Being Effective and Loved at the Same Time

Leadership and Social Skills

You can make more friends in two months by becoming really interested in other people than you can in two years by trying to get other people interested in you.  Which is just another way of saying that the way to make a friend is to be one.

Dale Carnegie

Two renowned leadership scholars, Jim Kouzes and Barry Posner, offer the following research conclusion:

Researchers looked at a number of factors that could account for a manager’s success.

They found only one factor significantly differentiated the top managers from the bottom managers: high scores on affection – both expressed and wanted.

The highest performing managers show more warmth and fondness toward others than do the bottom 25 percent.  They get closer to people, and they are significantly more open to sharing thoughts and feelings than their low performing counter-parts.

All things being equal, we will work harder and more effectively for people we like.  And we like them in direct proportion to how they make us feel!

James  Kouzes & Barry Posner,  Encouraging the Heart:  A Leaders Guide to Recognising and Rewarding Others,  2003

How to be liked and effective:  it’s a leadership thing!

Scientific research now has evidence that practising kindness is not only good for the recipient but also good for the giver.  Being kind, even when it’s unpleasant, being generous and willing to share especially when you expect nothing in return, genuinely makes people happy.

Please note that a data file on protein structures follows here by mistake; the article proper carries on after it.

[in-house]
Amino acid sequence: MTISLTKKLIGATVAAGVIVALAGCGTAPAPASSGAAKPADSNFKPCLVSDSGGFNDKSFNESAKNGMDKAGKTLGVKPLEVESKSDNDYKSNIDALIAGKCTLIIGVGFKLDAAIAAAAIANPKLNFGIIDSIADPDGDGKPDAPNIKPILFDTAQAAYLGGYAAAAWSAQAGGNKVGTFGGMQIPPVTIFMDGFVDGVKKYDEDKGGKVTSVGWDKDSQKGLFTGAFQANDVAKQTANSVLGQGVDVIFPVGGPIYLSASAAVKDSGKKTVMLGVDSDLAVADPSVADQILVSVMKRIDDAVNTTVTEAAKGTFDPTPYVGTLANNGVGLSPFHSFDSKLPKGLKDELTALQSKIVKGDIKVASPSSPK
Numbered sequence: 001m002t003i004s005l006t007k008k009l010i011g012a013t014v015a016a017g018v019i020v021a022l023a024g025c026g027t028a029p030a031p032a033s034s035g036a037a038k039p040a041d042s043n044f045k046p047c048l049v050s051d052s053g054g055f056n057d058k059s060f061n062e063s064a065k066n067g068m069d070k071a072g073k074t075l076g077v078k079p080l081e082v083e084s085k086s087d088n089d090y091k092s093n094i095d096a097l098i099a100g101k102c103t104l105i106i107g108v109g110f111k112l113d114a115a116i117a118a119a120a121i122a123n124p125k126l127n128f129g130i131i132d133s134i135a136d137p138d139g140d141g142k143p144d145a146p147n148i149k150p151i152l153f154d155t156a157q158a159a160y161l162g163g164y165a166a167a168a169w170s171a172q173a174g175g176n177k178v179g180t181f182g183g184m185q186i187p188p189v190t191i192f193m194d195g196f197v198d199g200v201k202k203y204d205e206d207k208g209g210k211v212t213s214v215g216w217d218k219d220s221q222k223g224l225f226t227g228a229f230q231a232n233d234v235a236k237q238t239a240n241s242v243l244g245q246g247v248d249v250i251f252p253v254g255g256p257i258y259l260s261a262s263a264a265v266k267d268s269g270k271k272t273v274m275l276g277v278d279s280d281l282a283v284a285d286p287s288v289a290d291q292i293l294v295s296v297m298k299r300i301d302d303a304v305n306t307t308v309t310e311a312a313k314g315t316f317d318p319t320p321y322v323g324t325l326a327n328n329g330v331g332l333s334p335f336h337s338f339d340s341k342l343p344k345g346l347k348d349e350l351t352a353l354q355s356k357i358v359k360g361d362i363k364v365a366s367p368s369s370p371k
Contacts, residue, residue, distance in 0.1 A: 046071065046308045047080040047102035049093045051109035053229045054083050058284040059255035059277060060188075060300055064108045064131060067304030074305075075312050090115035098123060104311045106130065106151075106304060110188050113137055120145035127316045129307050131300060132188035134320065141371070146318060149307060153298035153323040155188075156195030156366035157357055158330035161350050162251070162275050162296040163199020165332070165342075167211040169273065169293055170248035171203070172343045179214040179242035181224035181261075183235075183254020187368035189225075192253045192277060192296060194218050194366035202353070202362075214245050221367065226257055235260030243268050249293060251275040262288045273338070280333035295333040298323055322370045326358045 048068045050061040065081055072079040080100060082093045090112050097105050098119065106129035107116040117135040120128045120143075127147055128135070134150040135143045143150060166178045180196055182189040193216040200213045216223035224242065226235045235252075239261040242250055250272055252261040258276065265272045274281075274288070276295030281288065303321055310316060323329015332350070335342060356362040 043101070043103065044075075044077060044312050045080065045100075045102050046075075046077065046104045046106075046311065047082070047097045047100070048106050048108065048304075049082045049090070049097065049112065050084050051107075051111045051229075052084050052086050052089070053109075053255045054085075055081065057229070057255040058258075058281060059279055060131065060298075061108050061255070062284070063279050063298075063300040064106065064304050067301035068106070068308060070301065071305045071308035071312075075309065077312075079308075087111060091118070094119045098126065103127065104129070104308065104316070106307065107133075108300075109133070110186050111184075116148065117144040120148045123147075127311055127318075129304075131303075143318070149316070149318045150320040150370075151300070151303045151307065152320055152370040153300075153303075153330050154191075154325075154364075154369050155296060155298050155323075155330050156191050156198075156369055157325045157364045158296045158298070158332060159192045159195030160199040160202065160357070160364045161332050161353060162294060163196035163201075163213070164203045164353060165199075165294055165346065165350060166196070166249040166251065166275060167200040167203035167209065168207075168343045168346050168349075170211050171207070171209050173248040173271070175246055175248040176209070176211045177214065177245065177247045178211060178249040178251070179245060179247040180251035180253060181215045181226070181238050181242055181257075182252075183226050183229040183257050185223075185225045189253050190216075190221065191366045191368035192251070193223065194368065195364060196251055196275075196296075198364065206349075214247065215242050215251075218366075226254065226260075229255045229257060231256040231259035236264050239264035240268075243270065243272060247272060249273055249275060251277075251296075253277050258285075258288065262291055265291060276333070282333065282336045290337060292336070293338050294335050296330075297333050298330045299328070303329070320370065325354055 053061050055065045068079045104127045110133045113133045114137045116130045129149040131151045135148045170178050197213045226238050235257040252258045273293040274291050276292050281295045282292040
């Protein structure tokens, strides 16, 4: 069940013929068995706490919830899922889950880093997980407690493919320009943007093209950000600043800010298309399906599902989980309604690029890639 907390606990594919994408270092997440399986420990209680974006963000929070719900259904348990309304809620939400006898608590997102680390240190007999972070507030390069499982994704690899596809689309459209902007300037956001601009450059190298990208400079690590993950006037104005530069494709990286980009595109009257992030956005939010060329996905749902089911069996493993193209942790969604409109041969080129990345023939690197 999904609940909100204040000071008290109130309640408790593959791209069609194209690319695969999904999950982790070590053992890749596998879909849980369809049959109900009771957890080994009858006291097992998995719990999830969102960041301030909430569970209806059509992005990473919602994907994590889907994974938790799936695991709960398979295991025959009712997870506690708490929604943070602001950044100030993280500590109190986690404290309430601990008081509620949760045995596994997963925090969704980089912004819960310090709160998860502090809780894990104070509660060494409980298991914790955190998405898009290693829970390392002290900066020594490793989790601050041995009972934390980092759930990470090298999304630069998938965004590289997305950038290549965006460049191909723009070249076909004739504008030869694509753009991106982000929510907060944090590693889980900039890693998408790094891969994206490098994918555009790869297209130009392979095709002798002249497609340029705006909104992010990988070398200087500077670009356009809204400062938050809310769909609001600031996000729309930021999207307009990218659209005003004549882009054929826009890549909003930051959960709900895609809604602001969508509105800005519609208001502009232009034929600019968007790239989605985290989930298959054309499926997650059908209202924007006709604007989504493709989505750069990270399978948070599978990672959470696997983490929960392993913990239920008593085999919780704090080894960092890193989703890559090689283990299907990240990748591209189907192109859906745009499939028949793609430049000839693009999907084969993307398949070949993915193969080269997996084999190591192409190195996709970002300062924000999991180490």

Happiness = Engagement = Success

Just do two of these (all five if you really get the picture) and see the difference:

  • Show people that you value them
  • Pursue mutual understanding and information sharing
  • Be upfront and straightforward, avoiding games and office politics
  • Approach conflict constructively, staying aware of others’ feelings
  • Bring disagreements into the open and help de-escalate them

Skeptical?  

Try the Kindness Challenge:

Give yourself a goal of performing Five Acts of Kindness on any single day, once a week.

Aim for actions that really make a difference and come at some cost to you.  Be both creative and thoughtful.

Take stock at the end of the day.  Notice the good feelings that come with your increasing kindness:  the positive connection to the person you helped; the sense of pride you get from making a contribution.

Try it for a few months and see the difference it makes.